Wednesday, November 29, 2017

A chutney from Manipur

My love affair with aithang-lou didn't happen overnight.

The first time I took a spoonful of an aithang-lou chutney must have been over four years ago, if not more. The chutney was hot. Very, very hot. And so pungent that it reminded me of something akin to fish food. Needless to say, that spoonful eventually found its way into the garbage bin after dinner. And, no one asked why. I suppose its an understood thing. The first time you taste aithang-lou, it is not going to go down well.

Aithang-lou chutney

Fast forward to 2015. Len and I were in Manipur for a holiday and happened to visit the Tribal Market at Imphal. I was on a herb buying spree. Keen to bring back a slice of Manipur's ethnic culinary tradition, I purchased every exotic ingredient I could lay my eyes on that summer. Aithang-lou was one among those. After returning to Delhi we simply buried some in a pot, and before a week passed we could see tiny green shoots pushing their way through the soil. Ever since, harvesting the roots has become a seasonal affair, and it is rare for us to not have a container full of aithang-lou tucked inside our fridge.

Easy to grow and fun to harvest

Aithang-lou is also called the fishy-smell herb or fish mint, and rightly so, thanks to its earthy, pungent, umami flavour that is almost reminiscent of pond weed. It is without a doubt an aquired taste like many others, but if you do happen to cross over to the other side, aithang-lou will have you hooked. Line. And sinker!

My favourite chutney using this delicacy is made using dried raja mirchi and charred, ripe tomatoes. The heat from the chilli balances the pungency of aithang-lou, while the smoky flavour of the tomatoes give an added dimension to the dish. My favourite way to enjoy  this chutney is with steamed rice and a colocasia and bamboo shoots stew.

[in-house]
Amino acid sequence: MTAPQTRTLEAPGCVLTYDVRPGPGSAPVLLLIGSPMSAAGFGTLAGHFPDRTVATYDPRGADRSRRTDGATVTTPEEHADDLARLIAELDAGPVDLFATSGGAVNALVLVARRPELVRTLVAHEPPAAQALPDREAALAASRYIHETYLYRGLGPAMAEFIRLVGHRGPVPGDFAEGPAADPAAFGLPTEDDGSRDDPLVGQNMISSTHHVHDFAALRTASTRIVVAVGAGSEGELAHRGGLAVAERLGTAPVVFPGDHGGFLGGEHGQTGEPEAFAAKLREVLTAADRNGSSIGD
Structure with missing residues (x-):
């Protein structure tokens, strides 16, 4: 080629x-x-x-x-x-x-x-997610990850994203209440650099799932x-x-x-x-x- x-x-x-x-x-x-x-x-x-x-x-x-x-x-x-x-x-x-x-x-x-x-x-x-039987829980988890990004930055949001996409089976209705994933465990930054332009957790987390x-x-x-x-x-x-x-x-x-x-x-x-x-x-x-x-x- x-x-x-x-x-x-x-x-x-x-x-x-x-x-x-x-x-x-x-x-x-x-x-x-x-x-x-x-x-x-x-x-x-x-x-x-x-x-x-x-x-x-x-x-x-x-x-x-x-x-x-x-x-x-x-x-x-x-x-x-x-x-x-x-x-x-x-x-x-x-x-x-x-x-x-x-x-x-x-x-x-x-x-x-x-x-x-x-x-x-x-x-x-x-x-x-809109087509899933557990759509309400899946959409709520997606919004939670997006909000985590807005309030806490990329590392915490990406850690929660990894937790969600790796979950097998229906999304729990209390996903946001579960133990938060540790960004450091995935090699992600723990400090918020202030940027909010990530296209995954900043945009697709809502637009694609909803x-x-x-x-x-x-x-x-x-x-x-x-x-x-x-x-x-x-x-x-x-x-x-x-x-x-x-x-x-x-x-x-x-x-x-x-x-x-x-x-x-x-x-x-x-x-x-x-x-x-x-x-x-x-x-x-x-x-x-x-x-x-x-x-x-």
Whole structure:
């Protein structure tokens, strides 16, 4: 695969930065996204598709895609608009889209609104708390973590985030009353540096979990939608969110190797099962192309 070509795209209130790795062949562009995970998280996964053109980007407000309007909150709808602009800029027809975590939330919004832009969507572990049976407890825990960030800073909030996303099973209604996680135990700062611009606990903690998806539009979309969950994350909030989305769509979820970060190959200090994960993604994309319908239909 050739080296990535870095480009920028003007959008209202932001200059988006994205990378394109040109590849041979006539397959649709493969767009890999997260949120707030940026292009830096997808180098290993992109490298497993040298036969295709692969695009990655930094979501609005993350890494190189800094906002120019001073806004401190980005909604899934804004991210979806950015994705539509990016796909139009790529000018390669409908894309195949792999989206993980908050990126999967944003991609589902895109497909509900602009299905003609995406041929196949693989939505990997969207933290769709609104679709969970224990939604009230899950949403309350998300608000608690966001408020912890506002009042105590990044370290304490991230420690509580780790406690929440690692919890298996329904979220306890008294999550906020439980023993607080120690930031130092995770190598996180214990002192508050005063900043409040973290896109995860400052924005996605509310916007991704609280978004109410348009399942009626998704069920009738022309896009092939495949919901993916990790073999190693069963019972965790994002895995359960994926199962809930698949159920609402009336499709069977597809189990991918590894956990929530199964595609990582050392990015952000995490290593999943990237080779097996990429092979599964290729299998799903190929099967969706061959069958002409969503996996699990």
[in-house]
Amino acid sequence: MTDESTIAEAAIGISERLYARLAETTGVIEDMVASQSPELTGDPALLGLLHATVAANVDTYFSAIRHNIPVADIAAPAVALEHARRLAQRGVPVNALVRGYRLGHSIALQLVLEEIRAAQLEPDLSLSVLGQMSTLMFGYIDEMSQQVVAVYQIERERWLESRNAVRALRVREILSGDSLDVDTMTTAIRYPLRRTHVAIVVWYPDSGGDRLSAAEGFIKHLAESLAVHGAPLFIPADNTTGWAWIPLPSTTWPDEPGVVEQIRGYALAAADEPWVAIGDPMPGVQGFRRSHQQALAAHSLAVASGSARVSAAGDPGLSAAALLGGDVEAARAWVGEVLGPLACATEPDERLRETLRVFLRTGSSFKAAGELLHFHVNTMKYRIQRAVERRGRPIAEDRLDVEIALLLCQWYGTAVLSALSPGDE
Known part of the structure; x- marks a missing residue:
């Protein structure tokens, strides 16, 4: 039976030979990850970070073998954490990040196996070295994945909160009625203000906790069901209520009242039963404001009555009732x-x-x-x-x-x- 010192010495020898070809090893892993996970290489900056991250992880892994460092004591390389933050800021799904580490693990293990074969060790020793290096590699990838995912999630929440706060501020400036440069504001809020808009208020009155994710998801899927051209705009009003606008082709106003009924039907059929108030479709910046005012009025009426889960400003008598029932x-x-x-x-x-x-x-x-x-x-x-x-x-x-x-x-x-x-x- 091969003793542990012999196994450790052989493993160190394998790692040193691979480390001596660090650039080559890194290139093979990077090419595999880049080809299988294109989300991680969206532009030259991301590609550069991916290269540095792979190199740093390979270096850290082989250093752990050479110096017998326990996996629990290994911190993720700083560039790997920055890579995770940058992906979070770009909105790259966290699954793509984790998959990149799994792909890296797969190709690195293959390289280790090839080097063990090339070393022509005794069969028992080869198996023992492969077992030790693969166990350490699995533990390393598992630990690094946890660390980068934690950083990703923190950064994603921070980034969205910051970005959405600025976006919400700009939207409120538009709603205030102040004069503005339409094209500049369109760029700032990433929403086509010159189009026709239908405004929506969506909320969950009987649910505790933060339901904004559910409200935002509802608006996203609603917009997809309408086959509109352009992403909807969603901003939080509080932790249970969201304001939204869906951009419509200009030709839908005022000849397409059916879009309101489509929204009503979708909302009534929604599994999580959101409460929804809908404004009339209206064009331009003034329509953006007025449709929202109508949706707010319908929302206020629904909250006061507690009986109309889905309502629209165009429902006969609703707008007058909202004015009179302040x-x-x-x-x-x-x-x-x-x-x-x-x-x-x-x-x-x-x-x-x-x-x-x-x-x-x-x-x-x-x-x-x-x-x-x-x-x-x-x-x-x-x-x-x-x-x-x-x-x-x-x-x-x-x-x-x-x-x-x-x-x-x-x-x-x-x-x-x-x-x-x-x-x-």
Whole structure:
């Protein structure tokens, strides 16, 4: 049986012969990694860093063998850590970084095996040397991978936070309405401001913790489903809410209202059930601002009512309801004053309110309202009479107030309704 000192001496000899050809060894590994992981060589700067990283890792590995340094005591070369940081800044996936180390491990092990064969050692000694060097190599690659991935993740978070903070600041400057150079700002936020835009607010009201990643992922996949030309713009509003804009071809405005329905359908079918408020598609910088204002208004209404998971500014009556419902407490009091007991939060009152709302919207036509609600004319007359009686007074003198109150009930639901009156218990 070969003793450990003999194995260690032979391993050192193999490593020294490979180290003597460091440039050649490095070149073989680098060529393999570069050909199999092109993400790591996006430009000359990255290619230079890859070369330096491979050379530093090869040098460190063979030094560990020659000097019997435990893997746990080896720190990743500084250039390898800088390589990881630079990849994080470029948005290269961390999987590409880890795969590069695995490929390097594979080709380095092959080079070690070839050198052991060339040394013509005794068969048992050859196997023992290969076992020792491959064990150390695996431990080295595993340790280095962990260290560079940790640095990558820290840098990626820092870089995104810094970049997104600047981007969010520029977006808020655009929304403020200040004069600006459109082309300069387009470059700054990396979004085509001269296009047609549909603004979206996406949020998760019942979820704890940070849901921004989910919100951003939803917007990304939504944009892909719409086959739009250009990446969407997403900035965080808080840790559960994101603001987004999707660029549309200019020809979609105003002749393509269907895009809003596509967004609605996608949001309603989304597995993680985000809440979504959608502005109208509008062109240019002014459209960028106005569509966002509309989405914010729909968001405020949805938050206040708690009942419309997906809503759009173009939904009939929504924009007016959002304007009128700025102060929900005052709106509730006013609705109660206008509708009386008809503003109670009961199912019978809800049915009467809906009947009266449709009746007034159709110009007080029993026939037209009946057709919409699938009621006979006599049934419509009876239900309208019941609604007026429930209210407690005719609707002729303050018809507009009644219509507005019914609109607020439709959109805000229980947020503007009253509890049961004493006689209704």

For those interested,  here's the recipe.

What you need

1 ripe tomato
1 dried raja mirchi (a type of dried red chilli), or to taste
1 cup root
Salt to taste

How to

Burn the tomato skin over an open flame, till it turns black and can be scraped off easily. Lightly roast the chilli as well.

Mash the tomato, chilli, and salt in a mortar. Mix in the roots.

In addition to this, I also thought of sharing the different common names used for this root across the world. This is not an exhaustive list, but just some of the many names it is known by. Not surprisingly, I discovered that in addition to being a common ingredient in the north east of India, this aaromatic, medicinal herb is eaten as far as Vietnam, China, and Japan.

Scientific name: Houttuynia cordata
  • Manipur, India: Aithang-lou
  • Nagaland, India: Ngayung, Ngayungwon
  • Meghalaya, India:  Ja mardoh
  • Assam, India: Musundari, Aich
  • Laos: Khautong, Pak Khautong
  • Thailand: Phakkaawtong
  • China: Chou cai
  • Japan: Dokudami


  1. I love aithang-lou with its pungent flavour and aroma..good appetizers and tasty to eat with steamed rice

  2. Definitely one of my all time favourite chutney....Just hd yesterday wt super hot king chilli


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